3. @Bhagwad, you may be right about the reparations. But it seems foolish to give up the principle; among other things, I think it helps us understand what's going on.

    @Chris, That is interesting about Naomi Klein. It seems to suggest a huge lack of confidence among US environmentalists. It's one thing to concede that an issue might not be winnable at the moment; it's another thing to say we should not even talk about it. Glad Klein is refusing to play the game.

    As for the big why question you ask, it's both extremely complex and simple. India's current development model is neither equalizing, nor is it sustainable. But it IS profitable--for some. The current government talks a lot about the "common man", but the budget it is proposing suggests they have decided that they are counting on consumption by the upper middle classes and rich to drive growth. They've got to do this quietly, with hidden taxes, cuts in subsidies to the poor -- and by underfunding their flagship employment and education programs. Interesting article on this in Frontline this month:

    Of course, this is a longer discussion, and it's central to the argument we're trying to make here. Unsustainable development is not ...sustainable! And the consequences of allowing it to continue are great indeed.

  4. Hari, I'm not very familiar with internal Indian politics. Is there any chance the government might change to one that is less likely to cooperate with the US, and look out more for its own people?

    I know in Pakistan Zardari has only single digit support, largely because of his support for US interests, and he will likely be gone soon. In fact most people there view the US as the biggest threat, which I can't really argue with.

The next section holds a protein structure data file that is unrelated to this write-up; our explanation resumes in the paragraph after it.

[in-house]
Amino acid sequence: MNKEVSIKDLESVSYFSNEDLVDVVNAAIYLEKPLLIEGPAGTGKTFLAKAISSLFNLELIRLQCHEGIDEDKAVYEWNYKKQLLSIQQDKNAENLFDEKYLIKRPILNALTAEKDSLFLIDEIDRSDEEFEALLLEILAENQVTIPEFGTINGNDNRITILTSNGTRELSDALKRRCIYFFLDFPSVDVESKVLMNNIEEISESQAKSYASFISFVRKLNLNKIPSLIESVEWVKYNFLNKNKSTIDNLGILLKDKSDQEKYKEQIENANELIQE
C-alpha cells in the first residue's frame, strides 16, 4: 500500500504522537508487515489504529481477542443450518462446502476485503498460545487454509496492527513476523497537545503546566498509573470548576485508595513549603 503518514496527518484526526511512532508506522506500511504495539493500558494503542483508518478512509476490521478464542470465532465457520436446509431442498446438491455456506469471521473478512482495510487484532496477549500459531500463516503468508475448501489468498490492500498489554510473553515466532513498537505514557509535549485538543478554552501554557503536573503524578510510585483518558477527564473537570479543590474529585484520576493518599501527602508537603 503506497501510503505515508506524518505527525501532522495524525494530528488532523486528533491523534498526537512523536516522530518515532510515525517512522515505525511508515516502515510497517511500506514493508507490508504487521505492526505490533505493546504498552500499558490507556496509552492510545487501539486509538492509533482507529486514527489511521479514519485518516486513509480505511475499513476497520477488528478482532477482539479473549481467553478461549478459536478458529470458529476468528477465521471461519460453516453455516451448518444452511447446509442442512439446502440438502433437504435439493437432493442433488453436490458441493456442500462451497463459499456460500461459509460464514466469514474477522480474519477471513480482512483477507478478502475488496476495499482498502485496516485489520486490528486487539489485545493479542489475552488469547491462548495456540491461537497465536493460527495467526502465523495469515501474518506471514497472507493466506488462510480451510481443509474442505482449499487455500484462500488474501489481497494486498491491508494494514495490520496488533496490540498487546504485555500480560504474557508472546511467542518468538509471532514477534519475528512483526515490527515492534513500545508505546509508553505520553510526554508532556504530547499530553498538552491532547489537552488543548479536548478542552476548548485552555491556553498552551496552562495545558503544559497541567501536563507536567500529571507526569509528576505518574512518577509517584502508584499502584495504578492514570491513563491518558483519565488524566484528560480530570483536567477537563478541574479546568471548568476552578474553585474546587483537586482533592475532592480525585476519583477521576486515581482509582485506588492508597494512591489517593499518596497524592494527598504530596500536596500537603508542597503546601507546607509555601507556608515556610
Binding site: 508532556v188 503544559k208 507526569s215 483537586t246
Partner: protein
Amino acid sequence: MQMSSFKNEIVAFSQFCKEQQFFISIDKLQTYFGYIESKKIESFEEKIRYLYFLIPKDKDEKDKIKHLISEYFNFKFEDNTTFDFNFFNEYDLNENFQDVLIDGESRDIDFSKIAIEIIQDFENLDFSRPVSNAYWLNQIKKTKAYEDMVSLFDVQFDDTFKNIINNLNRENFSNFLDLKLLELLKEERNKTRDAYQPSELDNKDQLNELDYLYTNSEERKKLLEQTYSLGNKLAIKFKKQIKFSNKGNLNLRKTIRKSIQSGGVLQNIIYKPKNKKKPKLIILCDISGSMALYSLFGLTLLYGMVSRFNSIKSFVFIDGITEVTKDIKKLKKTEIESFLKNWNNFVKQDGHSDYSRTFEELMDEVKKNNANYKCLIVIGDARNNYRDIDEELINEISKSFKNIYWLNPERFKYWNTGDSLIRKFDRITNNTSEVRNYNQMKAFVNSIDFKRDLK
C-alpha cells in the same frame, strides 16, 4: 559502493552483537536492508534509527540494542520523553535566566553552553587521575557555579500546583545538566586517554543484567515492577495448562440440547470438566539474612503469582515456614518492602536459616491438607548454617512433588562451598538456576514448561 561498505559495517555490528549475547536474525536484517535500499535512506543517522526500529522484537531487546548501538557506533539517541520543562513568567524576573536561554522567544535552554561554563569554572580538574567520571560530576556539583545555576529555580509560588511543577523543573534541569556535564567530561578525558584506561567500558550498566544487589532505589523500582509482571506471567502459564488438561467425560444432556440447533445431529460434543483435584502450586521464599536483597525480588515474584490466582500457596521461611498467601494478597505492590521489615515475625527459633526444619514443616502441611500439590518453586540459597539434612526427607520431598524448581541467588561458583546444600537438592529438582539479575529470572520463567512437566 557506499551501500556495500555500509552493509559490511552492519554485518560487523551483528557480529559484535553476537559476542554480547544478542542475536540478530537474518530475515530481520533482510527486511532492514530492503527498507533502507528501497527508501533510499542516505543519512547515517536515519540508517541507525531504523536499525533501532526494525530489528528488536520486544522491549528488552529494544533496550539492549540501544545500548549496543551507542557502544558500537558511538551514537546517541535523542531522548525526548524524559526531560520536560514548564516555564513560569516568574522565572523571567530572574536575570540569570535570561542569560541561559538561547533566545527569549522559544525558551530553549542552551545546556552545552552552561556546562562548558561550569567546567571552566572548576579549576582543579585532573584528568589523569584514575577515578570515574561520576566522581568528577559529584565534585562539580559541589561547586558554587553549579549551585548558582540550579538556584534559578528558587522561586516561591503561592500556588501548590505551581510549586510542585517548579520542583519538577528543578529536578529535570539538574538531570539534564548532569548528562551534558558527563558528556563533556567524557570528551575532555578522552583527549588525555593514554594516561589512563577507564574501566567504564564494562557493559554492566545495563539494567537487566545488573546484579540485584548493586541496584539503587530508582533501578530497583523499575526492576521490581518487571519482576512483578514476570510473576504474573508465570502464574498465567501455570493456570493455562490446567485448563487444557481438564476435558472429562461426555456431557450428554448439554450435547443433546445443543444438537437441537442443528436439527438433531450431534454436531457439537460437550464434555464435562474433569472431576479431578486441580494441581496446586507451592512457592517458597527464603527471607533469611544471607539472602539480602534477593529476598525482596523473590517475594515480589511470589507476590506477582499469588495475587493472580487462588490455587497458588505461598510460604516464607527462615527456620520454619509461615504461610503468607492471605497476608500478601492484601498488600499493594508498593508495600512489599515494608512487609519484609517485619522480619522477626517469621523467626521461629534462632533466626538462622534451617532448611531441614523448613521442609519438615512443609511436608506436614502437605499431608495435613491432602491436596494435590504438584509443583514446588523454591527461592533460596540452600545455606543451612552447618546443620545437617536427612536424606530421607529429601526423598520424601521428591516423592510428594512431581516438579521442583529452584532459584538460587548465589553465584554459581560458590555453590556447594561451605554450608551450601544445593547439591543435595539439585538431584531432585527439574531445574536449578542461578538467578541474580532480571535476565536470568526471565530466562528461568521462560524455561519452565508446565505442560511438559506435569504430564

5. Chris,
    The current Congress-led government has a few more years to go. They try to balance populist slogans with a neo-liberal drift. That's an oversimplification, of course. Conventional wisdom has it that they consolidated their power by achieving a more stable coalition in the last election. They no longer have to rely on the Communists, for one thing, who are weakened, and probably on the way out, in two of the states where they govern--for a lot of reasons.

    So the short answer is that we have what we've got for the next few years. And I'm not sure where the genuine alternative would come from in any case. But I don't know if things are ever as stable as they seem. Food inflation is a very volatile issue in a country where something like 800 million people live on 20 rupees a day. And it's likely to get worse in the long term, since it can be driven by failing monsoons or rising fuel prices--and those are things I'd bet we see more, not less of. So I'd say the ground can shift more quickly than we might suppose in this situation. And the mathematics of all the regional parties we've got make that even more so!

  6. Thanks for the insight Hari! I hope for positive changes in the future. The third world is going to have to stick together if they are going to have any success in getting the West to reduce emissions.


What do you think?